MSF provides care to hundreds of thousands of people in six states in Southern Sudan. In recent months, increasing violence and insecurity caused mostly by fighting between different tribes, as well as heightened tensions around disarmament initiatives, criminality in the regional capital, Juba, and road banditry has made it more difficult for MSF field teams to reach people in need of aid.
Doctors Without Borders/Médecins Sans Frontières (MSF) provides care to hundreds of thousands of people in six states in Southern Sudan. In recent months, increasing violence and insecurity caused mostly by fighting between different tribes, as well as heightened tensions around disarmament initiatives, criminality in the regional capital, Juba, and road banditry has made it more difficult for MSF field teams to reach people in need of aid.
The needs in Southern Sudan continue to be immense, with MSF teams stretched to ensure the provision of basic and secondary health care and to respond to emergencies. Currently, MSF has 1,143 national staff and 129 international staff in Southern Sudan.
Working amid ongoing insecurity: treating victims of violence
"Their homes have been burned, along with their food stock. The people who managed to flee have nothing with them—they ran for their lives so they couldn’t bring any clothes or cooking pots."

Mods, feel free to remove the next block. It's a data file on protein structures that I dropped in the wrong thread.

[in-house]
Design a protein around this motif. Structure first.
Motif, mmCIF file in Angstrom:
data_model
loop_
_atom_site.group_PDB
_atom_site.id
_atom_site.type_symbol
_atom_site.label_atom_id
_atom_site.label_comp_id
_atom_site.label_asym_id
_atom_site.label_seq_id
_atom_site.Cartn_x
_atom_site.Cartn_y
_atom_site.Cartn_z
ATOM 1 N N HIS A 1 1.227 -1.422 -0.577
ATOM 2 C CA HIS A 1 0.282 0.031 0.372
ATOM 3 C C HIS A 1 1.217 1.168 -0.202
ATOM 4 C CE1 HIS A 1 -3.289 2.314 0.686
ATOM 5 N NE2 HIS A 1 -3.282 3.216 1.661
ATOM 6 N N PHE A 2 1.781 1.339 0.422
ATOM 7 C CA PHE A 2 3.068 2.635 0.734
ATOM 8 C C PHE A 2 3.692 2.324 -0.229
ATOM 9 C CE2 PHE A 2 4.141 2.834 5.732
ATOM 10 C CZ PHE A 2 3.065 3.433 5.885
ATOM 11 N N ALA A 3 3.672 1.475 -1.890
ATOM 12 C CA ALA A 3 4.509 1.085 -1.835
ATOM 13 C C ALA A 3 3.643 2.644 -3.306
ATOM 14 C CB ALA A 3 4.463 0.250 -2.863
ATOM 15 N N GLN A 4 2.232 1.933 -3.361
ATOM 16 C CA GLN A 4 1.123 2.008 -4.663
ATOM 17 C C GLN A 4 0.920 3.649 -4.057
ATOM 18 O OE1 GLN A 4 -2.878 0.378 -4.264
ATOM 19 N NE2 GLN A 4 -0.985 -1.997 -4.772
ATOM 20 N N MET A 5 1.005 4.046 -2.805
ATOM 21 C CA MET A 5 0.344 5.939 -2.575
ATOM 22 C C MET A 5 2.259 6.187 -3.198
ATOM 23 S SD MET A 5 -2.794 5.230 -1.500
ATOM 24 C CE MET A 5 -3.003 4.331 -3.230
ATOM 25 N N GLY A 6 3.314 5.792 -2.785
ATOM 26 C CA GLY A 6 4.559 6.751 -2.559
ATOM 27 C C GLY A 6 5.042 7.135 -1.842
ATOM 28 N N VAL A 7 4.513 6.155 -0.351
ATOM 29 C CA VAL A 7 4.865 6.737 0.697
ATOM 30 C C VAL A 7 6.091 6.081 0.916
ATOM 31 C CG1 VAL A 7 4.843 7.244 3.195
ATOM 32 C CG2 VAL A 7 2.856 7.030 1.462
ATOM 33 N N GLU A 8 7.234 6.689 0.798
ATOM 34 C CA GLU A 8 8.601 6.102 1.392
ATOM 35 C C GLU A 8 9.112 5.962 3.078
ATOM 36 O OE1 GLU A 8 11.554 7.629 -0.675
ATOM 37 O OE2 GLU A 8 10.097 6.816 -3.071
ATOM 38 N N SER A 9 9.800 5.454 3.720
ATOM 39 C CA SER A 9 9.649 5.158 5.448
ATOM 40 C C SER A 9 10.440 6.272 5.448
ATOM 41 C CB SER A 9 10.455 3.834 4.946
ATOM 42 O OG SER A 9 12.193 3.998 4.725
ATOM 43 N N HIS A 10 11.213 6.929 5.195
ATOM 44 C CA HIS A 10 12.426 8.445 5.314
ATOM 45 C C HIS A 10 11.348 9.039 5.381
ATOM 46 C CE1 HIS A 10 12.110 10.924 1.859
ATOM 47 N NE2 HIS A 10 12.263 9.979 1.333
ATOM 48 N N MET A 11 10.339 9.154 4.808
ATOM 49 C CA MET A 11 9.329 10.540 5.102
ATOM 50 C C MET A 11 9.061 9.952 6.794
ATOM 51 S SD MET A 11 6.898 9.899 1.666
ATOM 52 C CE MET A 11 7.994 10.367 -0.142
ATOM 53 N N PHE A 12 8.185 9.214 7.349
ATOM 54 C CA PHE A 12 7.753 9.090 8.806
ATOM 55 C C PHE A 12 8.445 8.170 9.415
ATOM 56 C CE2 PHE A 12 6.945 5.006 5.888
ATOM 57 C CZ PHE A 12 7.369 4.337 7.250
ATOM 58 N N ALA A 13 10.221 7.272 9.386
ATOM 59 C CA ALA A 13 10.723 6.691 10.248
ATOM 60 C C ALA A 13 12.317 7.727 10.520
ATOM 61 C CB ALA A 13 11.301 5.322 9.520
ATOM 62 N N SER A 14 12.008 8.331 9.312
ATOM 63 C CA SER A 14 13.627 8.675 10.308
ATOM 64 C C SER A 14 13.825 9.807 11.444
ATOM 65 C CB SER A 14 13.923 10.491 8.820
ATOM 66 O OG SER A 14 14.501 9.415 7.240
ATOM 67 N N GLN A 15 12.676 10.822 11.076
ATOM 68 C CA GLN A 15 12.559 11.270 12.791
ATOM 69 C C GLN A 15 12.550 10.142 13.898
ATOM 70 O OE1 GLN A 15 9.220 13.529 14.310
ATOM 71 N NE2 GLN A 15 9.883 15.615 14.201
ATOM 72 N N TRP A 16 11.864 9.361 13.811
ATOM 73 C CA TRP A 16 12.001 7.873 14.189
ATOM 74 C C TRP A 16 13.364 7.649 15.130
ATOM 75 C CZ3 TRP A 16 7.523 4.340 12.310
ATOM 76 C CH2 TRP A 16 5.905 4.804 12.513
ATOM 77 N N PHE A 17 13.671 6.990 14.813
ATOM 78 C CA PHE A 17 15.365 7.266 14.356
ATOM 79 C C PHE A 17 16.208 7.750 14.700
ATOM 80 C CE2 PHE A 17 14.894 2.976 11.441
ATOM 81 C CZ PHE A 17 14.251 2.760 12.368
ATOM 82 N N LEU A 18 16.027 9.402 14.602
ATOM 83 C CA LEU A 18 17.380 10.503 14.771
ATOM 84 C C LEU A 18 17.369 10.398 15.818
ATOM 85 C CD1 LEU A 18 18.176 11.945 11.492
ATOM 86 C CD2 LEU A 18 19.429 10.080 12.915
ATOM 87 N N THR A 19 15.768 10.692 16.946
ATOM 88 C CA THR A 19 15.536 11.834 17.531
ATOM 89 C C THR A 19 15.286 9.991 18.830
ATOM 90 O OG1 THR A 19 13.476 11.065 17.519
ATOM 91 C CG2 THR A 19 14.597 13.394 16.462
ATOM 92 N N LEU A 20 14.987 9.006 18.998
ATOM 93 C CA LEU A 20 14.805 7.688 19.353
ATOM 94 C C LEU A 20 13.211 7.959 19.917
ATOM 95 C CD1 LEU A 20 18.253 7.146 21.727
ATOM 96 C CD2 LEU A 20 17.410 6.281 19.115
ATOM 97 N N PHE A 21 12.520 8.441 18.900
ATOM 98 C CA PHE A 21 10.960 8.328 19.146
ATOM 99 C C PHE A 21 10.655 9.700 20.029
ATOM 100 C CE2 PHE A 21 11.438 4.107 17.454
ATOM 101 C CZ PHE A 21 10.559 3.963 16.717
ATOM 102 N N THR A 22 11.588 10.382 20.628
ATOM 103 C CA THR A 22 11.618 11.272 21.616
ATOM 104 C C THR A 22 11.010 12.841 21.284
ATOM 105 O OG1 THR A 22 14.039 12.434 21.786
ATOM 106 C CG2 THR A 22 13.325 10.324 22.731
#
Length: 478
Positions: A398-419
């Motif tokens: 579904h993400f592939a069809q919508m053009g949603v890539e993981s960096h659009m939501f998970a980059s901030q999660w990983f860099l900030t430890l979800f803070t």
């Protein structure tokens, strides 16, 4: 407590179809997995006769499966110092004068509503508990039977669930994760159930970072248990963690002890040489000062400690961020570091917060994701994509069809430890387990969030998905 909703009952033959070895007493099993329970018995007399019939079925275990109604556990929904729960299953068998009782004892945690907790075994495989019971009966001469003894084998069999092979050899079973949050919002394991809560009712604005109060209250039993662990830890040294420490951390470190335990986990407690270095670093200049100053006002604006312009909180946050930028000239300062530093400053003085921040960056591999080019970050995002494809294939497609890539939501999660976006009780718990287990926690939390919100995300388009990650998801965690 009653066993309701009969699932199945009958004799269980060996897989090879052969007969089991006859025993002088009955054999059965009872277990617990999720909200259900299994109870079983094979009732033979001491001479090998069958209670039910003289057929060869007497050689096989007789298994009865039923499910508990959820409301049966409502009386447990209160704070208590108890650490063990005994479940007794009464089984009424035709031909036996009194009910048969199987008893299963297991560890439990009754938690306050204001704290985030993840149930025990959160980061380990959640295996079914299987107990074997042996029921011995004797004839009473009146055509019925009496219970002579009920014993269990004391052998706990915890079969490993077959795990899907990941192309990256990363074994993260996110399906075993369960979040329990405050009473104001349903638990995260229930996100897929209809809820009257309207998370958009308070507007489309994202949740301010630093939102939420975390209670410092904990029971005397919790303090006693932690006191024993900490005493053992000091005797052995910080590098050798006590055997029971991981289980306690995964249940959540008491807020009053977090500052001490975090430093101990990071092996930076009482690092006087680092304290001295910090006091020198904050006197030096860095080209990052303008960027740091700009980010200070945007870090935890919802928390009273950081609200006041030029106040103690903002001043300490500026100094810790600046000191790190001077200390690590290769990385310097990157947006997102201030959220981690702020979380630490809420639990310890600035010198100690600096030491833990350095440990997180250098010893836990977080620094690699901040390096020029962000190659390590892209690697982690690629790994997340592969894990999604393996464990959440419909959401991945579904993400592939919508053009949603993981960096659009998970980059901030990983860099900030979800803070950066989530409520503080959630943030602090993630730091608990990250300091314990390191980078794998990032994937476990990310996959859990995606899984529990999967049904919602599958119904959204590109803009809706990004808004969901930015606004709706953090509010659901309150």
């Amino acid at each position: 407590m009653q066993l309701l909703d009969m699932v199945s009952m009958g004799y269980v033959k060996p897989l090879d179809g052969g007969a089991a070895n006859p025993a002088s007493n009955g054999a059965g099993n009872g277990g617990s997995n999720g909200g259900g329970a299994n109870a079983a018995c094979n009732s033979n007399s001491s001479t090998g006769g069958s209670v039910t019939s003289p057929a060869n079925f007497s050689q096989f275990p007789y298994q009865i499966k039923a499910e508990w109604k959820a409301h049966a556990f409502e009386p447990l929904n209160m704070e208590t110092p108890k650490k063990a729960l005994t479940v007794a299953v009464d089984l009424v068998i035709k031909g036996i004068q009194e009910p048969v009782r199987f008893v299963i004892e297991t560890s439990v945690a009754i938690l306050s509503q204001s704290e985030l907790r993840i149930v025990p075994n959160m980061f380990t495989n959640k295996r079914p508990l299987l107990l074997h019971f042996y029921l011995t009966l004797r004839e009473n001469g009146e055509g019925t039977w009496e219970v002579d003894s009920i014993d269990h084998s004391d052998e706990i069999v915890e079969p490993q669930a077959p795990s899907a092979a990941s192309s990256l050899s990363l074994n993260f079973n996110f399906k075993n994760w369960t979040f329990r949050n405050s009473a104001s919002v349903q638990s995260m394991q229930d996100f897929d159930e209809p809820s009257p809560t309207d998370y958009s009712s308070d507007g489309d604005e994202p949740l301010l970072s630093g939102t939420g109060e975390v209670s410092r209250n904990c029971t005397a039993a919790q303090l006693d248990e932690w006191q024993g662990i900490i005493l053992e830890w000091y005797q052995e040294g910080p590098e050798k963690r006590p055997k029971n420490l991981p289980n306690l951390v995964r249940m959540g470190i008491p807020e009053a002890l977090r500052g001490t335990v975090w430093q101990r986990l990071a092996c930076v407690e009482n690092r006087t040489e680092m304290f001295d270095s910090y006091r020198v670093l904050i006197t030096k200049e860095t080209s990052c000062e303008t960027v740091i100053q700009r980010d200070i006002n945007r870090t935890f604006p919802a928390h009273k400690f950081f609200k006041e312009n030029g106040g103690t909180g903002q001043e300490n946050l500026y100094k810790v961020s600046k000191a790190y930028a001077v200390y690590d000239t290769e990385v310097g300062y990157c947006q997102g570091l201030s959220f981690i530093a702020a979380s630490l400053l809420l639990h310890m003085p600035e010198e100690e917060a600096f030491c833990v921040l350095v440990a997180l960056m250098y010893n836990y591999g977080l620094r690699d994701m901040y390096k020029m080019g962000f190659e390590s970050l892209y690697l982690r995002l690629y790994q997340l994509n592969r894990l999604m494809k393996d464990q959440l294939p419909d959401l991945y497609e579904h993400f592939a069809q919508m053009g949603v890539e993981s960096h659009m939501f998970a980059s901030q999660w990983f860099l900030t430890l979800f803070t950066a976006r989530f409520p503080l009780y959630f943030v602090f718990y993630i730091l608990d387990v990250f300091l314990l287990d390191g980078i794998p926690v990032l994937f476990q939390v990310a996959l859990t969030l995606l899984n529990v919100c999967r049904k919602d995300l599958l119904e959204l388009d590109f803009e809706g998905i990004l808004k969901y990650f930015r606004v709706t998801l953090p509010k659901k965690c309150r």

In early 2009, there was a sharp increase in inter-tribal violence in Jonglei, Upper Nile, Lakes, and Warrap states resulting in hundreds of deaths and the displacement of thousands of people.
In May, an attack on the village of Torkej in Upper Nile State, bordering Jonglei State, resulted in many wounded arriving in nearby Nasir, where MSF runs a hospital providing basic and secondary health care, including inpatient facilities and treatment for malnutrition, maternal health, tuberculosis care, and kala azar, as well as surgical care. A total of 57 victims made it to the hospital. Many patients suffered multiple gunshot wounds and needed follow-up surgery and care. The majority were women and children. Several thousand civilians have been displaced by the ongoing clashes, with around 2,000 people fleeing to the outskirts of Nasir and Jigmir.
Two other brutal clashes occurred in March and April 2009 in Pibor and Akobo counties in Jonglei State. Upwards of 15,000 people fleeing the violence arrived in Akobo, south of Nasir, near to the Ethiopian border. In response, MSF sent a team to assist staff at Akobo hospital. Some 36 wounded patients were treated, mainly for gunshot injuries. Eight patients were flown to Leer Hospital in Unity State, run by MSF, for further surgery. MSF also provided the hospital in Akobo with medical supplies, mosquito nets, and food and blankets for the wounded and their caretakers.
“Nearly all the patients tell us they lost family members in the violence. We heard horrific stories—women and children were attacked and killed in their homes, and children were also kidnapped,” says Dr. Jonathan Novoa, MSF medical coordinator in Akobo County.